Lastly, there are nearly limitless arrays of interactive exhibits to either occupy your children or satisfy your intense need to be hands on in a building full of things you aren’t allowed to touch. After a mid-day al fresco lunch at the Garden restaurant, you can also relax and take in several films, many of which are directly relevant to the museum’s exhibits such as Yin Yu Tang.

— Joe

East India Square | 161 Essex Street | Salem | (978) 745-1876 |

Maine Artist Exhibition

When we say that the Pom is like a living art gallery, it’s not just an expression. Our Portland, Maine boutique hotel is filled to the brim with works of art, from photography to sculpture to hand-painted wall coverings. At last count, we have more than 100 unique pieces – and we keep our eyes open for new acquisitions all the time. That’s why we were especially excited when we saw that Eric Hopkins, a talented Maine artist represented on our walls, is staging his first solo show in Portland in more than 25 years.

“The Work of Eric Hopkins: Connections + Explorations,” will be presented at the newly expanded Portland Art Gallery on Middle Street in the Old Port, a short walk from the hotel. The show, which and runs from April 7 through May 1, will feature a selection of Hopkin’s works in addition to several pieces from his private collection.

With broad strokes and bright colors, Eric focuses on the dynamic forces at work in the natural world through watercolors, oils, blown glass, and photography. A native of Maine’s North Haven Island, Hopkins has exhibited at the Farnsworth Art Museum, the Portland Museum of Art, the Center for Maine Contemporary Art and a number of galleries nationally. 

Portland Art Gallery | 154 Middle Street, Portland | 207-956-7105 |open daily from 10AM to 6PM and by appointment

Portsmouth Spring Restaurant Week

Looking for a great excuse to sneak off for an early spring getaway in our Portsmouth hotel? Here’s one – March 31-April 9 is Restaurant Week on the New Hampshire seacoast. There are a few key reasons we look forward to the return of Restaurant Week. First, It’s a great to see Portsmouth get in the swing of spring. Second, we get to take our time scoping out Portsmouth’s best eateries, enjoying our repeat favorites (like Moxy) and discovering talented newcomers, all at a seriously deep discount.

Participating restaurants will be offering three course dinners for $29.95 per person and lunches for $16.95 per person, and more eateries are likely to commit as the date gets closer. Looking for recommendations? Just give us a holler. Reservations at many of these spots are available on, and social media savvy diners are encouraged to tag their tasty photos with the hashtag #RWPortsmouthNH.

The 401 Tavern

Agave Mexican Bistro

Anneke Jans

Applecrest Farm Bistro

Atlantic Grill

BG’s Boathouse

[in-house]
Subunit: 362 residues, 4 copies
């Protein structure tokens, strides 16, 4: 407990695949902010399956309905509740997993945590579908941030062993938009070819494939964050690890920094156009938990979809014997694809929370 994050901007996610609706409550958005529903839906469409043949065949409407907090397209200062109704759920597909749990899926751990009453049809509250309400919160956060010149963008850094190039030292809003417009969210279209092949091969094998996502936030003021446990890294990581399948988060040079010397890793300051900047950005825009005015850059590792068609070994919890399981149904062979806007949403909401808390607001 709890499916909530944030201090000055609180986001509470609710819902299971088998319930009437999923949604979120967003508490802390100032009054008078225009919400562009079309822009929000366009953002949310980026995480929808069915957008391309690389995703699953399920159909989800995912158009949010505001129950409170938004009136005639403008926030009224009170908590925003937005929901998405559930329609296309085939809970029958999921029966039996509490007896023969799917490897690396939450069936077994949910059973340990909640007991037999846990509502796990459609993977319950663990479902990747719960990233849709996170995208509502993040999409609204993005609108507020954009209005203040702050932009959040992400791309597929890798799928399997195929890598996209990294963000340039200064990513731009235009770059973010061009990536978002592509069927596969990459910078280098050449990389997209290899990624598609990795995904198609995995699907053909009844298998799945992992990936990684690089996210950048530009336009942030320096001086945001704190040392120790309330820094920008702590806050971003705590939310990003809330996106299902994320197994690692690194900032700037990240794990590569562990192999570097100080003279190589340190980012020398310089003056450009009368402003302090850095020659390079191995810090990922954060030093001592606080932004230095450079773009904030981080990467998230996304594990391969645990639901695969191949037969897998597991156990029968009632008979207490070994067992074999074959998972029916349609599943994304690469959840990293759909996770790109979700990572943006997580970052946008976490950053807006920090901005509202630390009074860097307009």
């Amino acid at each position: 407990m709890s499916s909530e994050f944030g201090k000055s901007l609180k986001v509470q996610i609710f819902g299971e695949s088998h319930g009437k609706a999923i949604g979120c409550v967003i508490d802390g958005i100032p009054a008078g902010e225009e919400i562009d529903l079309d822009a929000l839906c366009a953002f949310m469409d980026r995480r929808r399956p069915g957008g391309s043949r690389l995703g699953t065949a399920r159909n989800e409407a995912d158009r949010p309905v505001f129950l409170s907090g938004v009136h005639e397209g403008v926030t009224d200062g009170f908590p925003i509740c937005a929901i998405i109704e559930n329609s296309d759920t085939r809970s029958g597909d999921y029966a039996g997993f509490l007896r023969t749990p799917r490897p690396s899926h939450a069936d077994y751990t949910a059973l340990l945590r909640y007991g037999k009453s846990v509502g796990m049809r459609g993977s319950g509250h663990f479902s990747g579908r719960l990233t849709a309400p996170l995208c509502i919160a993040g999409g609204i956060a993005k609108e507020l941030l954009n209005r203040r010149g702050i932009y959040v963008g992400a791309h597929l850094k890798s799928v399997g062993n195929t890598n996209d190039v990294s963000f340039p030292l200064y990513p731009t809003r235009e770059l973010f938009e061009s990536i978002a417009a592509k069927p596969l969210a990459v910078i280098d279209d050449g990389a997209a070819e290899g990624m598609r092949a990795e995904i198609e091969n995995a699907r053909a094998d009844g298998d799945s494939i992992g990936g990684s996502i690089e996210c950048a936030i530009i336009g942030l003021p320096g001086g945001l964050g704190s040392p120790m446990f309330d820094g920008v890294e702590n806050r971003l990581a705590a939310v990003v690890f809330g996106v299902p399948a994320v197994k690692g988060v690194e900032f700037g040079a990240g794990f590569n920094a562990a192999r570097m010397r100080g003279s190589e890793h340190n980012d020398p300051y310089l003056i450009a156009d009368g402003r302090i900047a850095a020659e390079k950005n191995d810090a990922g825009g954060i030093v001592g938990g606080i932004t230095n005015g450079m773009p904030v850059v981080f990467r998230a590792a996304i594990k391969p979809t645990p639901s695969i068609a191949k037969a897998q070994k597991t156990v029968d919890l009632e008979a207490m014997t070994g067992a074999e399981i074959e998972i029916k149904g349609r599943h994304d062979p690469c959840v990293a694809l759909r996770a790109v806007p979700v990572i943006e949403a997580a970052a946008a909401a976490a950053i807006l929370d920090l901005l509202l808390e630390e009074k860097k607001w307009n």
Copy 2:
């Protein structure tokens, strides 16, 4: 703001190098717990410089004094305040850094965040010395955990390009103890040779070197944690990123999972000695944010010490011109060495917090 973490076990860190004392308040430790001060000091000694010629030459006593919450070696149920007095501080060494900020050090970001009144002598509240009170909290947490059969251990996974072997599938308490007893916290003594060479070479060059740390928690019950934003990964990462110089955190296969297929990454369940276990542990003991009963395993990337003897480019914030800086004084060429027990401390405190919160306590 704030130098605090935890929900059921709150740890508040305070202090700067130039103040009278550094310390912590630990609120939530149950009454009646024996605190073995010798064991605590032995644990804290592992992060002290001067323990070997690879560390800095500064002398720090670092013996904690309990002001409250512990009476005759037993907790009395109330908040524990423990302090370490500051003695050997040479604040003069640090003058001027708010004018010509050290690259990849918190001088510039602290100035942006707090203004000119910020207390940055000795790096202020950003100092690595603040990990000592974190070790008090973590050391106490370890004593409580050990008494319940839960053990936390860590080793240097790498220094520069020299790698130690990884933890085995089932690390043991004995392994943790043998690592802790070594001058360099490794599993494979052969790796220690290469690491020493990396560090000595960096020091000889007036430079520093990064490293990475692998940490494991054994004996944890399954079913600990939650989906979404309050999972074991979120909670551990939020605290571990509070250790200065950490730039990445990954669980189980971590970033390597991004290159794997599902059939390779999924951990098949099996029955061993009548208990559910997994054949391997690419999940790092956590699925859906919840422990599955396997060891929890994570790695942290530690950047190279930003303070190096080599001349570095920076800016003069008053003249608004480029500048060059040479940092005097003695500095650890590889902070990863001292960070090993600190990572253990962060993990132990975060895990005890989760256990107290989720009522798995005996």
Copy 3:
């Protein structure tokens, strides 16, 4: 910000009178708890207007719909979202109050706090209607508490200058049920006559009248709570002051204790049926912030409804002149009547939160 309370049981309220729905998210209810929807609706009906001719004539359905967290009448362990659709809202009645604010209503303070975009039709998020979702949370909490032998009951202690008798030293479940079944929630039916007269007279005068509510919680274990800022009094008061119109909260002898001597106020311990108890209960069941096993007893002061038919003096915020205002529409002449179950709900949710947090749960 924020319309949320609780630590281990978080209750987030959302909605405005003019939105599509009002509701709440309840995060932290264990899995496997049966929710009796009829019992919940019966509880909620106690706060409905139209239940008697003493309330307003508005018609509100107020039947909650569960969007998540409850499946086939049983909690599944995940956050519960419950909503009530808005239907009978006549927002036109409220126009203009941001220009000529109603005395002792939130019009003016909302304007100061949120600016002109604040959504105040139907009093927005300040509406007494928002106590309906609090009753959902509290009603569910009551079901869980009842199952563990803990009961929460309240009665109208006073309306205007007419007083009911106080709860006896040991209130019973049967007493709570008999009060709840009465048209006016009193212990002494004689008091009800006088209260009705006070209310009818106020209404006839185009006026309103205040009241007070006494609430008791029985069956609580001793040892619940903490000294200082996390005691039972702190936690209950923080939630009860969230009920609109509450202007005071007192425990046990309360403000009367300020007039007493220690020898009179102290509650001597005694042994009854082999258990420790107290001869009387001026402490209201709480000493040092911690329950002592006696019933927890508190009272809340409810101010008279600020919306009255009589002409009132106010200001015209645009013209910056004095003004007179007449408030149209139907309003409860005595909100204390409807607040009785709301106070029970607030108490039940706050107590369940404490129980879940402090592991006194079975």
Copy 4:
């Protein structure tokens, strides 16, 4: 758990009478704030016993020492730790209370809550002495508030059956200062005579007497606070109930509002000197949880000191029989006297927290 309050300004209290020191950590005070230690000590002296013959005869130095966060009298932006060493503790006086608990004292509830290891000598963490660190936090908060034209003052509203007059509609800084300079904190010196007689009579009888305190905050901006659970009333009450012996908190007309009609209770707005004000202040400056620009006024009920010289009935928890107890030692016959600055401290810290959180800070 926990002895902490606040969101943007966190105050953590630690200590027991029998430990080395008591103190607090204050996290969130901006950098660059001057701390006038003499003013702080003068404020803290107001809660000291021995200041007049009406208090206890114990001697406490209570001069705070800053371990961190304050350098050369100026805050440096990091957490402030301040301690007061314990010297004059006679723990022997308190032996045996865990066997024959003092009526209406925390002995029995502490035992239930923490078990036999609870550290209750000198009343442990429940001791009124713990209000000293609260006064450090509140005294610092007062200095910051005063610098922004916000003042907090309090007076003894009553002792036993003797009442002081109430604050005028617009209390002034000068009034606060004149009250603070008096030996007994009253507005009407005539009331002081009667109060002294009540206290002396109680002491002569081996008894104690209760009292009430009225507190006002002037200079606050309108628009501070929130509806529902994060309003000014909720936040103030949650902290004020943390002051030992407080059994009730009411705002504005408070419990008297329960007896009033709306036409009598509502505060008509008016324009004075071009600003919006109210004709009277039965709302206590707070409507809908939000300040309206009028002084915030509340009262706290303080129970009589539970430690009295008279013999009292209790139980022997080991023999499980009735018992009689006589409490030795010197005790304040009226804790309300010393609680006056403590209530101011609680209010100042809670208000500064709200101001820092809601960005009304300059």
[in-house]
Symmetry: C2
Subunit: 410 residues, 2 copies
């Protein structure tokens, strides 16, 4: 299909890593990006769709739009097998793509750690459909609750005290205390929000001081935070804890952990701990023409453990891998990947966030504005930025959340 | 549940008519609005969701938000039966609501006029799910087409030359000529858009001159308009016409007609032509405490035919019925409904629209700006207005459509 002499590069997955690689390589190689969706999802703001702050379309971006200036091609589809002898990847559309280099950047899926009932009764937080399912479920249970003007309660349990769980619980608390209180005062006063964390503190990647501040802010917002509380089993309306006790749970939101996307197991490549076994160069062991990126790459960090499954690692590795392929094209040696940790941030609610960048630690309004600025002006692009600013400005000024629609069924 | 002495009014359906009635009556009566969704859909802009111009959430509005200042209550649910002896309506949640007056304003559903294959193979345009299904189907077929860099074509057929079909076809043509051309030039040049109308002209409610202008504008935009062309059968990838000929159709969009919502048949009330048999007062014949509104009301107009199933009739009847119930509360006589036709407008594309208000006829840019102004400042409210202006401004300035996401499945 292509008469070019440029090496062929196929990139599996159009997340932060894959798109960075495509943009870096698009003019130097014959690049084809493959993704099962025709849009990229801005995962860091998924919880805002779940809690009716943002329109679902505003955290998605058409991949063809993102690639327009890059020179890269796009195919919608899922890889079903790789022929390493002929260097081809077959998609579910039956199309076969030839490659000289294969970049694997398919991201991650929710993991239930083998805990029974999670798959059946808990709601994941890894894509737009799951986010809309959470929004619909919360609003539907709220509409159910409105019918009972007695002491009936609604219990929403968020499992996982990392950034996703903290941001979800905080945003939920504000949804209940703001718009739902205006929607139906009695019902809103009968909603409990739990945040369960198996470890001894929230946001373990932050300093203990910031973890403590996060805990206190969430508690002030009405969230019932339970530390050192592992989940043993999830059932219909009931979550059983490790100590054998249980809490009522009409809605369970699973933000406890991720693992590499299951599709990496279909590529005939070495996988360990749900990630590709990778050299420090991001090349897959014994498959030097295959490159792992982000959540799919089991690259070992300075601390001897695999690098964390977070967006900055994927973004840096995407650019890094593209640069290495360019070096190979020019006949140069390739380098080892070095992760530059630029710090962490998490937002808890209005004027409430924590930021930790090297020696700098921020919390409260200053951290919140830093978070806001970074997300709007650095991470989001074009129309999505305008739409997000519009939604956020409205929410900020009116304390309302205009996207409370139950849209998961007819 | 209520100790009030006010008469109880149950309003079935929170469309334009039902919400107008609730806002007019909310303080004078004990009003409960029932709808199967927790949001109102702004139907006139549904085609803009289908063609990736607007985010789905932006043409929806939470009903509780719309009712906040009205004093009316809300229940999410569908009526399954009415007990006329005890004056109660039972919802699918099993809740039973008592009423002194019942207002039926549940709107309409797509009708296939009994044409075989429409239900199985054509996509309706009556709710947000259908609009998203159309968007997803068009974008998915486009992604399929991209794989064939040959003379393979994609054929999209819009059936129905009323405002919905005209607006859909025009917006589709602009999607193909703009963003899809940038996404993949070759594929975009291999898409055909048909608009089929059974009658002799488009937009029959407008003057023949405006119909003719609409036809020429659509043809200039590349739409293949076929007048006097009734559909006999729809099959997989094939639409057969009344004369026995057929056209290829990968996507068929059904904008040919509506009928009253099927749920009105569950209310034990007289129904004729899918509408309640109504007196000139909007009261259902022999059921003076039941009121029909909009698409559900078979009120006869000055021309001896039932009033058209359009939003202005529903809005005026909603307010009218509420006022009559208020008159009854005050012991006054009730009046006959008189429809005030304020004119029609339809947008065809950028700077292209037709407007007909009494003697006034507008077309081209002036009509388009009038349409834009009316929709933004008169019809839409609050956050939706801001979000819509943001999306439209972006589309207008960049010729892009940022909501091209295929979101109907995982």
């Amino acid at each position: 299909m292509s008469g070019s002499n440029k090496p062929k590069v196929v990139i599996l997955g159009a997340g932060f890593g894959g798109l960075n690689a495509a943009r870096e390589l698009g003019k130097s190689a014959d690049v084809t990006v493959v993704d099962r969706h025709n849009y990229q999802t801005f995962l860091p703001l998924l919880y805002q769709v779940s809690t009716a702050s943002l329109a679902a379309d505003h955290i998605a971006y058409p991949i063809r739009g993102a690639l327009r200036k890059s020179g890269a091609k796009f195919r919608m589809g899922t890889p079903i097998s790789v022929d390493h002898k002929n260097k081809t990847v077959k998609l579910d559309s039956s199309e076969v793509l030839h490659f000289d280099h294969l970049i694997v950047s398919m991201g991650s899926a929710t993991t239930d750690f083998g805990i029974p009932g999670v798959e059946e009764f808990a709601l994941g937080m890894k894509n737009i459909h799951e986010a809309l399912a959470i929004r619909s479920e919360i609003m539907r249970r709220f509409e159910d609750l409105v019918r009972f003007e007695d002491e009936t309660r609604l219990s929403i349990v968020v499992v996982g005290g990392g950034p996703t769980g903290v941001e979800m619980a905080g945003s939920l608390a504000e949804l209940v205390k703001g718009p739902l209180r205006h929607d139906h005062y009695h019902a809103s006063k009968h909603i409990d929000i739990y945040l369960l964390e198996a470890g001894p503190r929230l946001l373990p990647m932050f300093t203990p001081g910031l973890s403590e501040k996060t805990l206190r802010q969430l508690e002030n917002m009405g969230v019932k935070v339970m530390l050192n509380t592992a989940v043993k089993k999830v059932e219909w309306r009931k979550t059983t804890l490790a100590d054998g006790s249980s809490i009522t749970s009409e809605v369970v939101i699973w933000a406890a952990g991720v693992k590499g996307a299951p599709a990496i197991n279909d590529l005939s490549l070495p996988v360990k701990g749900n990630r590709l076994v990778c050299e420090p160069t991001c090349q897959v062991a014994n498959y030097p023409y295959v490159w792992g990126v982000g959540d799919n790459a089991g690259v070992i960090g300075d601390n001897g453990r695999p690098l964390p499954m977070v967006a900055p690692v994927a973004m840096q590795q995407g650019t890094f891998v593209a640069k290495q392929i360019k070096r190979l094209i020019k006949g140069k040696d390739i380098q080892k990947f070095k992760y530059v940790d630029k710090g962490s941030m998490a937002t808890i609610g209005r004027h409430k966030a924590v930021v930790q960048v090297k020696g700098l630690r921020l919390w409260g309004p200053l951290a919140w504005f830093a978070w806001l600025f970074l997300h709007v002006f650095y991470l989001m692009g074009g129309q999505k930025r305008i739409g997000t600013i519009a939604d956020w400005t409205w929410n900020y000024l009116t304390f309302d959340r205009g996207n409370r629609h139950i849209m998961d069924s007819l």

Black Trumpet

Blind Pig Provisions

Block Six

Blue Mermaid Island Grill


British Beer Company

Cafe Mediterraneo

Carriage House


CR’s the Restaurant

Cure Restaurant

Demeters Steakhouse

The District

The Dolphin Striker

El Rodeo Mexican Restaurant


The Franklin Oyster House


Jumping’ Jays



Margaritas Mexican Restaurant

Martingale Wharf

Michelle’s on Market Square




Northern Union

The Oar House

Orchard Street Chop Shop

The Portsmouth Brewery

Red hook Brewery

Ri Ra Irish Pub

Ristorante Massimo

The River House

The Rosa

Row 34



Stage Neck Inn

Tins Greek Kitchen

Two Fifty Market

Vida Cantina

The Wellington Room

When Pigs Fly Pizzeria

Best Brunch Bets in Portsmouth

What better way to celebrate Sunday Funday than with a tasty brunch? We polled our co-workers at Ale House Inn and our sister Portsmouth Lark, The Hotel Portsmouth, and here are your three best brunch bets (in out humble opinion).

Salt Kitchen and Bar 

It’s all about the Bubbles and Jazz Sunday brunch at this Portsmouth area favorite, located in the historic Wentworth by the Sea Hotel overlooking the Pisqataqua River. Serving only the finest in locally-inspired food and craft cocktails, the elegant room has a ‘live-edge’ chef’s bar at the center of the room, making it a social hub. The Sunday brunch experience wouldn’t be complete without a visit to their Bloody Mary and Mimosa Bar. Available every Saturday and Sunday, you can create your own custom concoction from a selection of over 40 artisan components. 588 Wentworth Road, New Castle | 603.373.6566

The Oar House 

The Oar House had us at Salmon Cake Benedict (the Steak & Eggs and Monte Cristo aren’t too shabby, either), and the clincher was the Bloody Mary special. Situated along historic Ceres Street in Portsmouth’s Olde Harbour area, a stroll among all the boutique shops and art galleries in downtown Portsmouth will help you digest all that deliciousness. 55 Ceres Street, Portsmouth | 603.436.4025